So, I set out to create a framework that I can use for my own projects and have all the functionality that I find I usually need right out of the box.

Another thing about frameworks is that they are designed to make enterprise level sites. They aren’t designed to create software system which can be distributed. By that, I mean I wanted to create a software package that could be installed by end users and used by them to create their own websites (custom CMS system with a specific purpose). A normal framework doesn’t work well in this area because of the way views are usually handled. Mainly, I wanted third parties to be able to create themes for my CMS systems without much effort. With something like CodeIgniter, I could use a templating engine via a plugin or Codeigniter’s own minimalist template engine, but I don’t like take one piece of software and adding on a bunch of plugins.

First you have to learn how to use the plugin. Then you have to hope that there isn’t a bug in the plugin that will spring up in your app. Then if there is some small customization that needs to be made to the plugin, you could spend days trying to figure out a way to make it work with your system, when it would have taken less time to just write your own. Using plugins also feels a bit like cheating to me, as well. I want to know every little part of my system, so that if a bug comes up, I’ll know right where to look or at least have a decent idea where to look.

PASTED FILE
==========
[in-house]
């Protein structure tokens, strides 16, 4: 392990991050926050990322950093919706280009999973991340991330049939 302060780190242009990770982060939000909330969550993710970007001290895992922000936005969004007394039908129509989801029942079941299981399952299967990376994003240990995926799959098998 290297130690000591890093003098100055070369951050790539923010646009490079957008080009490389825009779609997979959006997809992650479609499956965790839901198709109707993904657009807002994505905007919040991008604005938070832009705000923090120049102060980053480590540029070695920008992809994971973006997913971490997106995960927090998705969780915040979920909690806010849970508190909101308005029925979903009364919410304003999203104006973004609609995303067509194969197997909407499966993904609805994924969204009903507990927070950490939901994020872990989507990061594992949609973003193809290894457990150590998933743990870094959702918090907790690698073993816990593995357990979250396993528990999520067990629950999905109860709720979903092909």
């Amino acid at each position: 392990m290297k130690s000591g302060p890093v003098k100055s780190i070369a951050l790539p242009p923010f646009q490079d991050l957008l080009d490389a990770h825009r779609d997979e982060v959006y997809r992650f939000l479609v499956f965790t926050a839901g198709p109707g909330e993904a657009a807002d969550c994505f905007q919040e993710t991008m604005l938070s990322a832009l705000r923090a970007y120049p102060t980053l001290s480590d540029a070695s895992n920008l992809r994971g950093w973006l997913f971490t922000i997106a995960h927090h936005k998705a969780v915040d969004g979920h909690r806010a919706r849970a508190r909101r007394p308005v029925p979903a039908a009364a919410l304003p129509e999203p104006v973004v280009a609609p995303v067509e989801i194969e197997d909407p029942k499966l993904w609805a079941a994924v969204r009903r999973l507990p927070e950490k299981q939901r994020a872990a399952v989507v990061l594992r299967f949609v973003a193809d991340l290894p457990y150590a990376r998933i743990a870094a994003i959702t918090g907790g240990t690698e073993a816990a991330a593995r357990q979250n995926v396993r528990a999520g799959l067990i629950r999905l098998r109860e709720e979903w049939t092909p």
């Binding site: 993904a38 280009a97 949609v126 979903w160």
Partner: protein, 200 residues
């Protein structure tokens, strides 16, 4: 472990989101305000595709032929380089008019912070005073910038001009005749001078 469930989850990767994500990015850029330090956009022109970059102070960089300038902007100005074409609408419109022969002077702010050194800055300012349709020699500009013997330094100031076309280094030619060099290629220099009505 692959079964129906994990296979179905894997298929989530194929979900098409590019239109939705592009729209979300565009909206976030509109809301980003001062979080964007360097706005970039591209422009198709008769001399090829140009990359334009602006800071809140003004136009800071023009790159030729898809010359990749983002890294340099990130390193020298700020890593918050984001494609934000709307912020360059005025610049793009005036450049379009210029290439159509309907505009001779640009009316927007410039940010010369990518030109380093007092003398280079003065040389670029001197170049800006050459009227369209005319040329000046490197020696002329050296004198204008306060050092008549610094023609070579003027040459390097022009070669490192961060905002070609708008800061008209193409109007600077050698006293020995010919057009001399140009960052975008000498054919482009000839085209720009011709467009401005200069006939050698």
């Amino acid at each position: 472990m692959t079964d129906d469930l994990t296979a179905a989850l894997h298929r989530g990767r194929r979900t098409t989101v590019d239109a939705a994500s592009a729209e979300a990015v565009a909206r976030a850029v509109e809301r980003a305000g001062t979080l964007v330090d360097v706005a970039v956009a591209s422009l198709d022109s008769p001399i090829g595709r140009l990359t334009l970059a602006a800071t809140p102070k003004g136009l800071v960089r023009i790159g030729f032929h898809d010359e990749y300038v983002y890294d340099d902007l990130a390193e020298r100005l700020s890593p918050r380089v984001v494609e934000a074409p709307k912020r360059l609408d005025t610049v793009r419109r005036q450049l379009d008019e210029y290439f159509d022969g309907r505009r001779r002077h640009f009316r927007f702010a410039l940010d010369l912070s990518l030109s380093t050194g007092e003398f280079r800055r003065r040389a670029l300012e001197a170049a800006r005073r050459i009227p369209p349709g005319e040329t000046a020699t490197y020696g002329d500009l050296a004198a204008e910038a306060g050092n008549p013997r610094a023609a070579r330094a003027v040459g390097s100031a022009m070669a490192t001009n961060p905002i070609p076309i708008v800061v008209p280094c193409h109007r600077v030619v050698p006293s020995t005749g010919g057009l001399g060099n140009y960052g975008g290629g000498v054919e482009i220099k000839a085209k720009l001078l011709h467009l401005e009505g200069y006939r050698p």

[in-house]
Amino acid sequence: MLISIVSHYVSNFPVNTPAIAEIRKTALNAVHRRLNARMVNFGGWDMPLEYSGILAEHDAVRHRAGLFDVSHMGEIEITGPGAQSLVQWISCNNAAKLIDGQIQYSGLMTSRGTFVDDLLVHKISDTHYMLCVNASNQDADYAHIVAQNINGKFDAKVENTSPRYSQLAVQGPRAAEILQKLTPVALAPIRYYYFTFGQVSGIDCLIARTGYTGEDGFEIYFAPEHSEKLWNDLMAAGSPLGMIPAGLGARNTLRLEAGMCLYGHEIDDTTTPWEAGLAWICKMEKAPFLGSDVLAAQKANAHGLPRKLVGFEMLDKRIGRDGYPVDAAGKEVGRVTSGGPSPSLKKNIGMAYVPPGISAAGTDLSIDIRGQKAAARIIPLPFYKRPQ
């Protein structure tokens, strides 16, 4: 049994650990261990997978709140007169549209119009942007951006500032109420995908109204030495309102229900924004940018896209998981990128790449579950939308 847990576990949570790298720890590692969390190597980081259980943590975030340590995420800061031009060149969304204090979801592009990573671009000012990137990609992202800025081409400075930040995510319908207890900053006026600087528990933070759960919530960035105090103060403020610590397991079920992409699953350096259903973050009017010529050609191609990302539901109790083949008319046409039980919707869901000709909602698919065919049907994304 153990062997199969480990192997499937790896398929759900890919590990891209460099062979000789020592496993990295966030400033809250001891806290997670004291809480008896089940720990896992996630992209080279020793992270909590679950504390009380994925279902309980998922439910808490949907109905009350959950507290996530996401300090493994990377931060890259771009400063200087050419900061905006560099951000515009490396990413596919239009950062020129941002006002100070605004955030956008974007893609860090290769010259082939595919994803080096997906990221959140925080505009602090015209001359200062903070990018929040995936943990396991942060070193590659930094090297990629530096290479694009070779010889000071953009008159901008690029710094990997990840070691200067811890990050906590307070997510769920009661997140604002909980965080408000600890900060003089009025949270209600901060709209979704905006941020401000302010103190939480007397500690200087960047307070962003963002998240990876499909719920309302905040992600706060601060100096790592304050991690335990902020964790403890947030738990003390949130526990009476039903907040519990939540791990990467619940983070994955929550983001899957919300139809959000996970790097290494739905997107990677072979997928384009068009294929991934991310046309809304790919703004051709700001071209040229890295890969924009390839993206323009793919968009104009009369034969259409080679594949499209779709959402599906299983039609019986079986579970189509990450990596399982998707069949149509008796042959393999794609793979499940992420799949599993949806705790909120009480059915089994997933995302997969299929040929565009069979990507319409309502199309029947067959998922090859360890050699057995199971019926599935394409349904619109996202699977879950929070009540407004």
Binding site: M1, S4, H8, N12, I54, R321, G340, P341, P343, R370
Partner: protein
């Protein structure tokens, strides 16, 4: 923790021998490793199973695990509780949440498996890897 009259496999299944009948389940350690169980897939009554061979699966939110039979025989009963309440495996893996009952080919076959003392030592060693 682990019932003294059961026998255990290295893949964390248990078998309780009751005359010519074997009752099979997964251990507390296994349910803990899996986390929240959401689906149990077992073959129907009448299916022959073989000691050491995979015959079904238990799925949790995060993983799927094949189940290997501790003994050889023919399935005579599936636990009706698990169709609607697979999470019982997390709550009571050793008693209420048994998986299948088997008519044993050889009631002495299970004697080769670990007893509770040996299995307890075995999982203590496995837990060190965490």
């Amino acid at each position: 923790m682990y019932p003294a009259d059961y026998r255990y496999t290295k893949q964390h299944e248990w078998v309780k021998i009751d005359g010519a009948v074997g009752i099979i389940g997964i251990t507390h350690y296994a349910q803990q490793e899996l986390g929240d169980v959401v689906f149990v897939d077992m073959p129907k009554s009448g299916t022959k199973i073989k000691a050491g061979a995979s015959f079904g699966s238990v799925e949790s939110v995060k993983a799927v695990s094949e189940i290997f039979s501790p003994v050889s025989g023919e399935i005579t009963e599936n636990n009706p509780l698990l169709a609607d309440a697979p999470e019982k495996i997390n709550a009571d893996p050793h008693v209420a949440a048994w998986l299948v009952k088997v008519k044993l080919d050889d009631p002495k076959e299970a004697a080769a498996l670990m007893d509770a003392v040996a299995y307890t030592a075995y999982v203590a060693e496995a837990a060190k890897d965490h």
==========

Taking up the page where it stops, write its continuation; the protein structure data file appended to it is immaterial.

With all that said, I’m announcing my PHP framework. I’ve written it completely from scratch and I’m hosting it on Github. I also have purchased the dot com for it. I’m calling it LavaPHP. The motto will be “LavaPHP – Add a little lava to your LAMP” and it will have a lava lamp as it’s mascot/logo. If you’d like to help with the initial development, hit me up and fork the project here:

Slow internet in LinuxMint

I installed LinuxMint earlier today because I found that I really liked the Cinnamon desktop environment on my laptop. I promised that I would post how well it works on my desktop.

Well it mostly works fine. There’s still a slight hiccup that I’m trying to work through, where the desktop environment just seems to die. I have this same problem on Gnome 3 and Unity though, so I think it has something to do with the ATI drivers. I wish I had a good nVidia card to go in this thing.

There’s one bug that I had to post about. I was getting terrible internet speeds from my LinuxMint install. My top speed was around 190KBytes/sec. Some people may still regard this as fast, but I’m on a 30Mbit/sec connection. I should be seeing speeds around ten times that.

It was across the board too. I thought it was a bad mirror at first because I first noticed it while trying to update the system and install new software from the repos. I soon found that the problem was also happening from every web site and speedtests showed the same results.

I started out by searching for the issue and was coming up with a lot of duds. It was the standard first level support answers like “unplug your router and modem”. No need, I know that’s not the issue. After some intense searching, I finally found the answer. It was a problem with my network card drivers in the latest versions of Ubuntu and LinuxMint.

My system was showing a RTL8111/RTL8169 network device. The 8169 is the part to look for. This driver is built into the latest kernel and it has problems. I found that the solution was to build the r8168 drivers (note that’s 8168 not 8169) from source.